headlines. Congressional inquiries. Corporate apologies.
The heightening scrutiny surrounding Facebook after it
allowed Russian trolls and inflammatory political ads to
spread on its network is the kind of thing companies
would do anything to avoid.
don’t expect it to harm the tech giant’s bottom
the political world looks to apply the lessons of Donald
Trump’s victory to future campaigns, one of the few
clear conclusions is that Facebook played an outsized
role in propelling the candidate to his improbable win.
company’s ability to affordably target hyper-specific
audiences with little to no transparency gives it a
distinct advantage over other forms of media,
researchers and political operatives believe.
ads on Facebook have fueled controversy. They spread
Russian propaganda and reportedly helped the Trump team
suppress black support for Hillary Clinton and aided a
conservative political action committee in targeting
swing voters with scaremongering anti-refugee ads. Yet
the backlash is unlikely to dissuade future campaigns
from relying on Facebook’s advertising platform.
the threat of new regulation governing the disclosure
rules for political ads on social media can’t stunt
the company’s stock price, which continues to reach
anything, the controversies appear to be functioning
like a giant advertisement for the effectiveness of
Facebook’s political advertising business.
don’t lose sleep over Facebook’s business. I lose
sleep over the future of democracy," said Siva
Vaidhyanathan, a professor of media studies at the
University of Virginia and author of a book on Facebook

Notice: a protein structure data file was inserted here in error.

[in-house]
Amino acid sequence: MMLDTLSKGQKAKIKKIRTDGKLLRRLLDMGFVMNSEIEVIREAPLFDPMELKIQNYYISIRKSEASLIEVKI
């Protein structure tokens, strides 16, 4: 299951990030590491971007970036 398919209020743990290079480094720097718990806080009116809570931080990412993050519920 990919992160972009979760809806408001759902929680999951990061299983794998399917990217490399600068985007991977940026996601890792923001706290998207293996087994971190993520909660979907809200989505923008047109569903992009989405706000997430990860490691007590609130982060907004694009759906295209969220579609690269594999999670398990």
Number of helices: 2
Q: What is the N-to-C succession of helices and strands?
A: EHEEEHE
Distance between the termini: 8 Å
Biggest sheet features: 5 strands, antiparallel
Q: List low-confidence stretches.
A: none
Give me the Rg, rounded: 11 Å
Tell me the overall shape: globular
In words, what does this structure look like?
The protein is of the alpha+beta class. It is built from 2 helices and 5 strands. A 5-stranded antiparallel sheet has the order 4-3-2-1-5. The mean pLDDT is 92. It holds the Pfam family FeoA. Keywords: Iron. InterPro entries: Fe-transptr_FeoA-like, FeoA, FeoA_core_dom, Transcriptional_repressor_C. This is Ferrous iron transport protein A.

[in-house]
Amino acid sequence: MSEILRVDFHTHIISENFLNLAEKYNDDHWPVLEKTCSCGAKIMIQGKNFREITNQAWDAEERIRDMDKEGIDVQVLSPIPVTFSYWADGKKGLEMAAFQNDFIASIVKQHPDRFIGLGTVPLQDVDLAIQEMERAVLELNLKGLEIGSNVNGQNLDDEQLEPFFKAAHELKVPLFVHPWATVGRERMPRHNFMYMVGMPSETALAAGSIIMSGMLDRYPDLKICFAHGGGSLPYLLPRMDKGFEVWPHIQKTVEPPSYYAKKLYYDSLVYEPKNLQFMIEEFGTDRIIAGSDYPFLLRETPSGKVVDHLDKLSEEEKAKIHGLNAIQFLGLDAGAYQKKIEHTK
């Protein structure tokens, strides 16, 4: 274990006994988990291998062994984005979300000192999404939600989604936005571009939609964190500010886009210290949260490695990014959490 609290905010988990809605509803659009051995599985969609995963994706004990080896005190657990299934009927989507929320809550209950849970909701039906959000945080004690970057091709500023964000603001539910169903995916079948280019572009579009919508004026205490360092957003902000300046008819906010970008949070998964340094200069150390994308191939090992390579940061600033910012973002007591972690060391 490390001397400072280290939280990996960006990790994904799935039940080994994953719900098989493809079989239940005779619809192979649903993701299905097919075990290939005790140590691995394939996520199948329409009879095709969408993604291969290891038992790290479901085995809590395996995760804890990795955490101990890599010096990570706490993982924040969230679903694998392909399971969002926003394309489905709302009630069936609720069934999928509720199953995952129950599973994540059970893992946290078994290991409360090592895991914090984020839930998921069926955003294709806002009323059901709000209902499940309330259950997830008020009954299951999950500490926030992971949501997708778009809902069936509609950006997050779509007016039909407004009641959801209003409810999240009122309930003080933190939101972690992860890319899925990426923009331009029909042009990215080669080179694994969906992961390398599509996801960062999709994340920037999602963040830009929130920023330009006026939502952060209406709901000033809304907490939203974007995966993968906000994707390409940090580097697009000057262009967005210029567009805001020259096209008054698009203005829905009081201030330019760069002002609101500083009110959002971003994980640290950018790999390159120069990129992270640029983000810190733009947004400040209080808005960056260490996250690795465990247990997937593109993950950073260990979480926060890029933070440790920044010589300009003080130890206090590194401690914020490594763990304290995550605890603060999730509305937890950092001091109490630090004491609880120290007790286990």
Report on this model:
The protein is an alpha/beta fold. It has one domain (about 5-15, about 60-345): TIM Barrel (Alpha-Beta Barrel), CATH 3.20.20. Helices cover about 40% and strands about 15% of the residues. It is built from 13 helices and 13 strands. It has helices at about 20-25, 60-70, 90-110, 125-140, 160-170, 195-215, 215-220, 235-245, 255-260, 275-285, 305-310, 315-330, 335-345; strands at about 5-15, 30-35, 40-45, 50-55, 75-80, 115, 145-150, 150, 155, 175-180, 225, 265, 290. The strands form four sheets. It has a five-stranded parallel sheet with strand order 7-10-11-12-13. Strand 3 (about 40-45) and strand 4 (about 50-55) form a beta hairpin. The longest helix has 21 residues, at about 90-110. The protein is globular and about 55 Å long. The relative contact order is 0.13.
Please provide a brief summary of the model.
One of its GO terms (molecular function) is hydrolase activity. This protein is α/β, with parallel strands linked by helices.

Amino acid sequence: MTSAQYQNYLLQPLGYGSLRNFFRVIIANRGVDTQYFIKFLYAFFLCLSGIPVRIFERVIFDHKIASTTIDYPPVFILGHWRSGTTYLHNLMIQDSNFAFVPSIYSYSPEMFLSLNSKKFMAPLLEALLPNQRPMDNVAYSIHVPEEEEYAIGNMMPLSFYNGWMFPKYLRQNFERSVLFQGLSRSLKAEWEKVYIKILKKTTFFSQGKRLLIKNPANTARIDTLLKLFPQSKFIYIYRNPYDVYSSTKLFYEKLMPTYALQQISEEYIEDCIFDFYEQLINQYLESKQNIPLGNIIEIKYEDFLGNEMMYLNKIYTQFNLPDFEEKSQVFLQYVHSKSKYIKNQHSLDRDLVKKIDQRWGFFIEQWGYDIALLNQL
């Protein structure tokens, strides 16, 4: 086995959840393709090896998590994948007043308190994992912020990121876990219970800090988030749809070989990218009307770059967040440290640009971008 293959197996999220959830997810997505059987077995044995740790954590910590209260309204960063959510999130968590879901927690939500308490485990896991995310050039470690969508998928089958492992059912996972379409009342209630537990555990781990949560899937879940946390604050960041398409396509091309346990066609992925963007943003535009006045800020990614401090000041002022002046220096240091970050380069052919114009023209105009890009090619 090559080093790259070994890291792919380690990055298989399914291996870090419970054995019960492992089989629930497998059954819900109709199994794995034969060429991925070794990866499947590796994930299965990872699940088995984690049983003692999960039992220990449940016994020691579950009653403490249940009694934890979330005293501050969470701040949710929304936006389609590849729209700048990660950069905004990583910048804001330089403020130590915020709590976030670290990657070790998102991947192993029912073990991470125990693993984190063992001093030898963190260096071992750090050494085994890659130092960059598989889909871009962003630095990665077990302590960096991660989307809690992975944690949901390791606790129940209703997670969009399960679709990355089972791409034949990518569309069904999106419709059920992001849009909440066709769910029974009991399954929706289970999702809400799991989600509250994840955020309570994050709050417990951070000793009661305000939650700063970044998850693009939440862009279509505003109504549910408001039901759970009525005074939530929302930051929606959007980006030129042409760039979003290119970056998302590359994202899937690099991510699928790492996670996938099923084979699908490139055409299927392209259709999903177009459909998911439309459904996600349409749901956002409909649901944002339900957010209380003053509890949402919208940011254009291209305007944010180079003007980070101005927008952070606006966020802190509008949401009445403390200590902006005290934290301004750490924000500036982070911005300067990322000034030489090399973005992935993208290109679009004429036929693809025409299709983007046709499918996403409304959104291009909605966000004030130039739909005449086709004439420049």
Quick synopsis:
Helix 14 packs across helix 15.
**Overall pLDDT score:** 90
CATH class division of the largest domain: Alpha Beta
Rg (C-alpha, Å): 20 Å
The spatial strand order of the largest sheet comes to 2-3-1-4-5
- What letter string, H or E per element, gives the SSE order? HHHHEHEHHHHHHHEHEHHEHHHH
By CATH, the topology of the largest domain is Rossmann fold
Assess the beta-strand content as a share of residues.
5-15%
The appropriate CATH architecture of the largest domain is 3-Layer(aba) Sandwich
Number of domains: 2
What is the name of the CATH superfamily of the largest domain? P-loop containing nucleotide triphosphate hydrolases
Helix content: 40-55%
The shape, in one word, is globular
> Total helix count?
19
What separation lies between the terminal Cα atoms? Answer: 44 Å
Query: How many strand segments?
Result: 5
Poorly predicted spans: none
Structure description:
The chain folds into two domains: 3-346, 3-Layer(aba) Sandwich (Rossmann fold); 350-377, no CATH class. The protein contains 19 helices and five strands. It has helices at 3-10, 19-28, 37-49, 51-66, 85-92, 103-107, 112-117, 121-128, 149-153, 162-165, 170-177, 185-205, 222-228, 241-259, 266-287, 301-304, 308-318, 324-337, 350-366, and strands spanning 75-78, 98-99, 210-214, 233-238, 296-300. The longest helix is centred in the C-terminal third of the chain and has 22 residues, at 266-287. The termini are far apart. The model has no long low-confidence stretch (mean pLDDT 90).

out next year called "Anti-Social Media."
advertising represents a small percentage of Facebook’s
booming $26.9 billion ad business, which accounted for
nearly 15 percent of all the money spent on digital
advertising worldwide in 2016, according to EMarketer.
But it’s growing rapidly.
years of trepidation, campaigns are adjusting to the
fact that audiences are increasingly found online rather
than via TV, radio or print.
spending on digital advertising soared in the 2016
election cycle to $1.4 billion, according to Borrell
Associates, a data tracking firm.
nearly an 800 percent increase from the last
presidential election, when only $159 million was spent
on digital advertising, a category that encompasses
search, display, email, video, social media and mobile.
political spending is expected to rise to $1.9 billion
in the 2018 election cycle and $2.8 billion in 2020, the
main beneficiary of those increasing ad dollars probably
will be Facebook. The social network took $4 out of
every $5 spent on social media in the 2016 election
cycle, said Kip Cassino, executive vice president at
one can brush off or minimize the impact of Facebook on
the 2016 presidential contest, both as a platform for
advertising and as the perfect laboratory for testing
and honing messaging targeted to various voter
blocs," Cassino said.
sea change was first evident with the spread of partisan
news, conspiracies and hoaxes on Facebook during the
news emerged last month that Facebook had sold about
$100,000 in ads to a Russian troll farm. The shadowy
group, known as the Internet Research Agency, placed ads
believed to have been seen on at least 10 million
Facebook users’ news feeds. The ads were aimed at
inflaming divisive social issues such as race, gun
control and gay rights to potentially tip the scales in
has responded to the growing Russian scandal by
cooperating with congressional committees and pledging
more transparency, including requiring buyers of
political ads to disclose their identity and reveal
other ads they’ve run. The company had previously
argued against requiring disclaimers on political ads,